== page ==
Claude Debussy: Syrinx for Solo Flute

Written for the Tippet Rise Art CenterNot to be reprinted without permission.

This is the piece that launched a thousand solo flute pieces, a genre that hardly saw a new entry in the 150 years between Georg Philipp Telemann and Claude Debussy. In that time, the flute transformed from a wooden instrument with just a few keys into a sleek, silver item with full keywork. More pieces followed: in 1936 came Varèse’s Density 21.5 (titled after the density of platinum), and by the late 20th century a flute solo was practically a graduation requirement for “serious” composers.

But back to the basics: in Greek mythology, and as told in Ovid’s Metamorphosis, Pan pursued the nymph Syrinx, who turned herself into a thicket of reeds by the water’s edge to escape. Pan cut the reeds to make his pipes, and that was the end of the nymph.

Debussy wrote Syrinx as incidental music for Gabriel Mourey’s Psyché, a dramatic poem intended for the stage that premiered in 1913. The scene in question does not actually feature Syrinx, but rather two other nymphs named L’Oreade and La Naiade, who overhear his flute in the distance. However Debussy’s original prompt might have been slightly different: the playwright also suggested the piece should be “the last melody Pan plays before his death.”

Truth be told, Debussy didn’t consider this an important work, and certainly didn’t expect it to jumpstart the modern flute repertoire. To him it was a one-off: his manuscript is lost, and it was only published posthumously in 1927 from a secondary source. Even the title is editorial: Debussy simply called it Piece for Psyché or Flûte de Pan, with the publisher choosing Syrinx later.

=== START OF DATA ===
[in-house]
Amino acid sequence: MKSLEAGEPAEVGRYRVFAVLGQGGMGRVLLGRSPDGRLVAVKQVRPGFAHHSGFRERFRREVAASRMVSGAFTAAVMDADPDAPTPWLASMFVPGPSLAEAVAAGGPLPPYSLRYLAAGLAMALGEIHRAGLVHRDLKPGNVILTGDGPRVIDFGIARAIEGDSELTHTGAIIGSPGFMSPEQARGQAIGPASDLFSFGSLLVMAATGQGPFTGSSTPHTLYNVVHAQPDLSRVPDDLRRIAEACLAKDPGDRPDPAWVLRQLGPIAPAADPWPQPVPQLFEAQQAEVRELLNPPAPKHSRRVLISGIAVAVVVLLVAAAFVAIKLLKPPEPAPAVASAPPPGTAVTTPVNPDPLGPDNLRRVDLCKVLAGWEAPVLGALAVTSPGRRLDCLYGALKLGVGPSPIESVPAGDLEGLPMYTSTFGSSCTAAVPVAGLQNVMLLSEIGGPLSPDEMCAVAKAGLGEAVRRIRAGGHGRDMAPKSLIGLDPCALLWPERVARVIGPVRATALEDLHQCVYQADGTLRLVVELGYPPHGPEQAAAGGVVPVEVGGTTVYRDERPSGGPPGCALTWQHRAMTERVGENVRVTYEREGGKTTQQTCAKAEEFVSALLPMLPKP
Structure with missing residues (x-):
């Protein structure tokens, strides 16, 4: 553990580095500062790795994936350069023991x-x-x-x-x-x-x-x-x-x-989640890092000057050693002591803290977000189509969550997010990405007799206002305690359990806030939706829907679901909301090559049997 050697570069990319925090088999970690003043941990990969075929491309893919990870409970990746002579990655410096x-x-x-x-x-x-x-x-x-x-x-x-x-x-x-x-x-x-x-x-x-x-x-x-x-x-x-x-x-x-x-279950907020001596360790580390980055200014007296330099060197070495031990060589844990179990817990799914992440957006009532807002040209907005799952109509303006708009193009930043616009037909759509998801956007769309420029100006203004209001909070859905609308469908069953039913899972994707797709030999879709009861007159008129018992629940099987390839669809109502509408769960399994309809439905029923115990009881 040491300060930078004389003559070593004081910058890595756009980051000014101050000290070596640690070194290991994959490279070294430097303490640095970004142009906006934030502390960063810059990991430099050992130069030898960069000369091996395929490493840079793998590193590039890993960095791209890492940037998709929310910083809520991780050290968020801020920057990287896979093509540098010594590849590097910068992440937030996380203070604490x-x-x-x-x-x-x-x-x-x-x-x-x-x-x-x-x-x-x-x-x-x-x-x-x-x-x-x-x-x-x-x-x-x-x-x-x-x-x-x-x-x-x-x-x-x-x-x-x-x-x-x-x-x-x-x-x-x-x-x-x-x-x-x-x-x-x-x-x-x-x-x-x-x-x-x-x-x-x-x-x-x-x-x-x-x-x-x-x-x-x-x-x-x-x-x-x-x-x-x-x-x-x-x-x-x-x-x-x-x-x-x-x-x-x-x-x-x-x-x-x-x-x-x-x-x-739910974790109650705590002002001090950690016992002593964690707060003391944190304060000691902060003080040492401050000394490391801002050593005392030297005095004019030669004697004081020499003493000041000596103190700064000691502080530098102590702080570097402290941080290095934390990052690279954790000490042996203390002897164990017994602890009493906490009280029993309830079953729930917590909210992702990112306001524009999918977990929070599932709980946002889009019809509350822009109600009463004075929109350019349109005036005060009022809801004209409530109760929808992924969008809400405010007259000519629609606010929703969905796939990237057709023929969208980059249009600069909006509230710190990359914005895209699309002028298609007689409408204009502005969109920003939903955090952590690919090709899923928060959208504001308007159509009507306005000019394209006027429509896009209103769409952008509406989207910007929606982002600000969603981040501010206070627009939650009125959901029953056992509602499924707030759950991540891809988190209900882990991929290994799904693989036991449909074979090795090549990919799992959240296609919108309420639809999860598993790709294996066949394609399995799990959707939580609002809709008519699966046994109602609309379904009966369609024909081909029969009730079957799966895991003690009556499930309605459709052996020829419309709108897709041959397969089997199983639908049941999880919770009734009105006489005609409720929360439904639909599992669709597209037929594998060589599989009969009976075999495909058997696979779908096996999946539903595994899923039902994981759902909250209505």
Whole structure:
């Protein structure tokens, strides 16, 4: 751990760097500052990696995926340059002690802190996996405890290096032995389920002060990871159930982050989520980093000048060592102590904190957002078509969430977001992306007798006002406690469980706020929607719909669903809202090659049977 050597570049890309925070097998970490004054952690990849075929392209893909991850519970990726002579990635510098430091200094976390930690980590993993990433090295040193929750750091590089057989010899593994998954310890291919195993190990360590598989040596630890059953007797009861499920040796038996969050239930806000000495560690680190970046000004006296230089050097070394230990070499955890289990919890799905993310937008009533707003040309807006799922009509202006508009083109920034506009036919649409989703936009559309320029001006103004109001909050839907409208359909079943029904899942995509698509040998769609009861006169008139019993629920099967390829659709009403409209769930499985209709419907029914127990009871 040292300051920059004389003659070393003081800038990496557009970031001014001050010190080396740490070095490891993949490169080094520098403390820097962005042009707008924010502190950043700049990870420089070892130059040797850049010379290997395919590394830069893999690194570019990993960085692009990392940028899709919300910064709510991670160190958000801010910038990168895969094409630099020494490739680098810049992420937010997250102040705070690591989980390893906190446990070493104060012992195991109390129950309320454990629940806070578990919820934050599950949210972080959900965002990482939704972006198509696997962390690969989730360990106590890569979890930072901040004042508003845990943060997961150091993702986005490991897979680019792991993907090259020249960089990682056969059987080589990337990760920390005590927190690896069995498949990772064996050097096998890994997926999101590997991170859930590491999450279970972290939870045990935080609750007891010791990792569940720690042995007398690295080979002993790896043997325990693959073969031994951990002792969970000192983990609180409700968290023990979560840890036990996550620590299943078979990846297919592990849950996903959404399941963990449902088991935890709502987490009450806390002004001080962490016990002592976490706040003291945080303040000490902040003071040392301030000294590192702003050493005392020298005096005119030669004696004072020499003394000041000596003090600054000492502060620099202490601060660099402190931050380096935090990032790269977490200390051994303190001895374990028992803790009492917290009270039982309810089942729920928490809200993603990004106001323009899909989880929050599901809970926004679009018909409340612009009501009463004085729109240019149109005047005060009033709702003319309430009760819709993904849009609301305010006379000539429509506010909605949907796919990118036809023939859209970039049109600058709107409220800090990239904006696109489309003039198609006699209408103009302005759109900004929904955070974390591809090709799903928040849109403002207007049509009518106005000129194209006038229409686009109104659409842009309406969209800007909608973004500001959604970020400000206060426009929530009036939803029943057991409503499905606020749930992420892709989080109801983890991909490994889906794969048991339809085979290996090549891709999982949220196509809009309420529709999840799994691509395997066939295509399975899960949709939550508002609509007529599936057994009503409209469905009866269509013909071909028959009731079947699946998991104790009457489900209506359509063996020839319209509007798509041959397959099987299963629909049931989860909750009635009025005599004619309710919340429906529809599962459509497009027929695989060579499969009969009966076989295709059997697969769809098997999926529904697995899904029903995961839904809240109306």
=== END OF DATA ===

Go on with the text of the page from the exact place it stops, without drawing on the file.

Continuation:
Its two-and-a-half minutes are evocative, filled with color, and open-ended enough to give the performer wide space for interpretation. The beginning is reminiscent of the flute solo that opens Debussy’s Prélude à l’Après-midi d’un faune (1894), but instead of blooming into an orchestral poem, Syrinx wanders off into solitary musings and elaborations. Avoiding a conventional form, the opening measure comes back three times, each time farther apart (and once an octave lower), always with a unique, improvisatory continuation.

Benjamin Pesetsky is a composer and writer. He serves on the staff of the San Francisco Symphony and also contributes program notes for the Philadelphia Orchestra and Melbourne Symphony.